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One of the world’s first advertisers, John Wanamaker, famously said over 100 years ago that ‘half the money I spend on advertising is wasted, the trouble is I don’t know which half’.

Advertising has always been about driving sales but as an advertising industry we now think in terms of ‘brand’ and ‘performance’ campaigns. But the reality is that both are striving to deliver the same thing – more sales, revenue and ultimately profit for the advertiser.

For digital advertisers in the 21st century that are familiar with performance marketing, the John Wanamaker quote may come across as dated and even irrelevant. With access to more marketing and media data than ever before, many performance marketers will claim to know the audiences, keywords, creative executions and user journeys that best work for their brand and audience. We are very used to seeing how our campaigns perform in real time, and many will claim that visibility on their key performance metrics results in advertisers knowing exactly what is working to drive sales – and at a very granular level.

But is that view accurate?

The dominant form of assessing success in performance marketing is to use digital attribution models that generally report and optimise against metrics like sales or revenue. It is these models and their associated data inputs that give digital advertisers a rationale for their media budgets. After all, if your ad campaign is driving sales at a cost-effective rate, then what’s the problem?

The problem is often two-fold and centres around opportunity cost. Do performance marketing campaigns hinder consumer brand perceptions and therefore long-term growth? And does investment in the highly trackable performance channels pay back at a greater rate than other investments that the business may make? These investments could include offline or brand building media as well as non-media investments like proposition and personnel.

The reality is that most of the channels and techniques used by performance marketers are generally considered to be ‘spammy’ by the consumers they are designed to engage with. This often leads to a bad user experience where users are bombarded with ads that annoy rather than engage. When performance marketing campaigns are executed badly they have been accused of ruining Christmas and can seriously damage both advertiser and publisher brand reputations when deployed without an understanding of user context.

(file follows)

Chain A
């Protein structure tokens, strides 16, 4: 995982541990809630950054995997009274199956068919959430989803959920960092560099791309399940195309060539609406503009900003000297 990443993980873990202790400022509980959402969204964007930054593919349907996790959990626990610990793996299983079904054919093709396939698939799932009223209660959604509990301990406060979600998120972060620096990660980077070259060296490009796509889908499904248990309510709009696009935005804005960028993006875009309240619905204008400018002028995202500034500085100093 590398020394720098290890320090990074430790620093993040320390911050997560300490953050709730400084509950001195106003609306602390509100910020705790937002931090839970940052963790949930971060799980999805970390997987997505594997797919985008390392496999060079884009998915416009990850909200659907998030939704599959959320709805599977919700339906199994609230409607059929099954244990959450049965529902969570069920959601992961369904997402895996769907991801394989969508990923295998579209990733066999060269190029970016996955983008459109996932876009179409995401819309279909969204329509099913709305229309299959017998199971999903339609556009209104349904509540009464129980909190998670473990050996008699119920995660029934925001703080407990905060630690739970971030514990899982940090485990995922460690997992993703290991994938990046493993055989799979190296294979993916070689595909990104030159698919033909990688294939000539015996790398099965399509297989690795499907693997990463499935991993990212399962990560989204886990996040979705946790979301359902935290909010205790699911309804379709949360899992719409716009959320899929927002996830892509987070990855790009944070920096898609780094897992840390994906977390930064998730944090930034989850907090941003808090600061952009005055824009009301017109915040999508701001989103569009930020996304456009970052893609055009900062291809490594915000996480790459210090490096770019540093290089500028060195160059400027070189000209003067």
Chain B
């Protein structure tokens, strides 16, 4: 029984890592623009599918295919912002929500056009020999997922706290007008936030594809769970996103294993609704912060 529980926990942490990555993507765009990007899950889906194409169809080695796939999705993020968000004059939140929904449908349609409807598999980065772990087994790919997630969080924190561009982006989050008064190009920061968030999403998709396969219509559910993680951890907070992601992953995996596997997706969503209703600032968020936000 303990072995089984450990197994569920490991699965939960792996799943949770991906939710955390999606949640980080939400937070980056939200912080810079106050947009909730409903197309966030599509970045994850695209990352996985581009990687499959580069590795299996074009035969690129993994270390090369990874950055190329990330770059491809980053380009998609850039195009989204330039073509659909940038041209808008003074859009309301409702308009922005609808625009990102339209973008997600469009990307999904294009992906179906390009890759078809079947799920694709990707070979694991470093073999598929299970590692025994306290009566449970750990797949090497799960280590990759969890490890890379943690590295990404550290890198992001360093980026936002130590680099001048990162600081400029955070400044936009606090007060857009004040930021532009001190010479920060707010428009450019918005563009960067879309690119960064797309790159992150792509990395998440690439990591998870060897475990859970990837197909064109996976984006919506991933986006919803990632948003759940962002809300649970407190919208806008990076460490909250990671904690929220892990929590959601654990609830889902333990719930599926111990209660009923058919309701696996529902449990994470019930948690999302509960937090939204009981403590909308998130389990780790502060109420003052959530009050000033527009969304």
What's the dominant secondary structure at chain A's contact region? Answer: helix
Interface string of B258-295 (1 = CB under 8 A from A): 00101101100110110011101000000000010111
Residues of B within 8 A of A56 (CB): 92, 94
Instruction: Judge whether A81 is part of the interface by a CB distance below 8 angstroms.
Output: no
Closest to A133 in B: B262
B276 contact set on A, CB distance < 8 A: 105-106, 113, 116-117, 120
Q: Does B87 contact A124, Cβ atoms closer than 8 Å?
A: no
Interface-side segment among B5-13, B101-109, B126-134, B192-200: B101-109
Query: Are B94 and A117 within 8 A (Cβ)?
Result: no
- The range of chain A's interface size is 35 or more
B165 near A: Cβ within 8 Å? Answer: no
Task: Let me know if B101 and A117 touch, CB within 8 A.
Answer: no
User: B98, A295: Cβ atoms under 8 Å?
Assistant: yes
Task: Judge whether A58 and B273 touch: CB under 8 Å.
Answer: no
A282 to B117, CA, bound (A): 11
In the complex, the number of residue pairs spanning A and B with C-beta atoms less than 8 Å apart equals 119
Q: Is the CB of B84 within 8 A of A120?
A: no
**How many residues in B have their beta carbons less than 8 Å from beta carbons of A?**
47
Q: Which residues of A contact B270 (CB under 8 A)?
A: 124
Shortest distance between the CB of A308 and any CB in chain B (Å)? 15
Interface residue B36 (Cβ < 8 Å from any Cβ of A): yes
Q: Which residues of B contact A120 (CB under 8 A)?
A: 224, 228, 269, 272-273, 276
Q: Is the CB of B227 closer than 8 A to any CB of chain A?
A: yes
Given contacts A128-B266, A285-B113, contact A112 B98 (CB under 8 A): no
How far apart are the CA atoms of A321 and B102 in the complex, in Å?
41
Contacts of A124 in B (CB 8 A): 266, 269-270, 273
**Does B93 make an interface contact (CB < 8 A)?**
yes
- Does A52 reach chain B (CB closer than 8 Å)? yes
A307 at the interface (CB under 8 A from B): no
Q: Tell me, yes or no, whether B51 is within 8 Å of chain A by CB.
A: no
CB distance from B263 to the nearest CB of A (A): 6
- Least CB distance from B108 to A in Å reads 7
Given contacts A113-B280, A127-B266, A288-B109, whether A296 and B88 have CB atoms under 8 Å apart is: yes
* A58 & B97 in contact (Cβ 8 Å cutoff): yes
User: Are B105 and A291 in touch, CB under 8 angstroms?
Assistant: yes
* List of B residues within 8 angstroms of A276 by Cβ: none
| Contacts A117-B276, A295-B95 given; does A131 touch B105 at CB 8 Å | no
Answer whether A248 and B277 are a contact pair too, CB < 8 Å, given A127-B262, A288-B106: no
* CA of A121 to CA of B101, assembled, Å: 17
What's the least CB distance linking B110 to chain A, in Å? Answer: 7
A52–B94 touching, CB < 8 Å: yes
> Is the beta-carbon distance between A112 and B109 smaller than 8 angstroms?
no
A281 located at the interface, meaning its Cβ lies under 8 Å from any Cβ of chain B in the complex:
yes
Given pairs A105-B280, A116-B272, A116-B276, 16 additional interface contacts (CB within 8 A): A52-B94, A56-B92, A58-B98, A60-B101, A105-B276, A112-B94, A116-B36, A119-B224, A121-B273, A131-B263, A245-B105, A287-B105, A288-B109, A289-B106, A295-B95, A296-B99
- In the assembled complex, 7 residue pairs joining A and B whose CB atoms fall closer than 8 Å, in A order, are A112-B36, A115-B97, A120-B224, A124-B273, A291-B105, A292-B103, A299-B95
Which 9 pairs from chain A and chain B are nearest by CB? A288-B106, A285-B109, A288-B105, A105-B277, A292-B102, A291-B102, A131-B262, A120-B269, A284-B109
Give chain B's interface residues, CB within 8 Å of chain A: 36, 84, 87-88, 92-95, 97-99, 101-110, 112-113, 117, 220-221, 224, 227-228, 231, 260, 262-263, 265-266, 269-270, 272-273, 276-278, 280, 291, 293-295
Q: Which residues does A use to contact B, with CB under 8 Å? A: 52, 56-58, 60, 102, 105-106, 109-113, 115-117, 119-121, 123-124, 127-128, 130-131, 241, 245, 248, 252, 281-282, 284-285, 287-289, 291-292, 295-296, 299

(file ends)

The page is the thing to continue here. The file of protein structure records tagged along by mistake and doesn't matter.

In these examples, the performance techniques used may have driven some short-term sales to the users that the ads resonated with, but they are also likely to have negatively impacted longer term sales to other users who were upset or offended in receiving such communications. This is especially the case as negative brand interactions tend to get played back to our friends and family, creating a vicious circle for the brands that launched the campaigns.

But perhaps the bigger issue that impacts every performance advertiser is one around incrementality. Simply put, did the performance marketing campaign play an active role in driving the sale, or did it merely track the sale? There is a huge difference and most advertisers do not yet think in these terms.

Most consumer purchase behaviour is habitual and highly predictable. Our rich data sets increasingly allow algorithms to deliver ads to the users most likely to convert in order to deliver the best KPI results (i.e. return on investment (ROI) or cost per sale (CPA)).

But very often those high ROI / low CPA placements are having the lowest form of incremental uplift to the advertiser. In many cases the ads can be seen to be preaching to the converted and taking credit for latent consumer behaviour.

In addition to this point, even when performance ads do drive a genuine positive impact in driving sales, it needs to be recognised that performance ads are generally most effective as part of a multi-channel campaign that supports both brand building (including offline media) as well as short term sales driving performance channels. This creates a challenge in terms of sales attribution – how much credit should go to the touchpoints that aren’t in the attribution model?

The Circus Street Performance Marketing lesson will explore these points in more detail and will help you better understand how performance marketing can be used to drive true media effectiveness. In these lessons we explore what performance marketing actually is, how it can be used to benefit businesses and how performance channels work together to chaperone customers through the customer journey. We also look into the importance of customer behaviour change, and attribution modelling’s inability to recognise it and show you how to use econometrics and other measurement techniques alongside attribution modelling to best understand media effectiveness.

For more, see our Performance Marketing course page or to try our lessons, sign up to a free trial of our learning platform My Circus Street.

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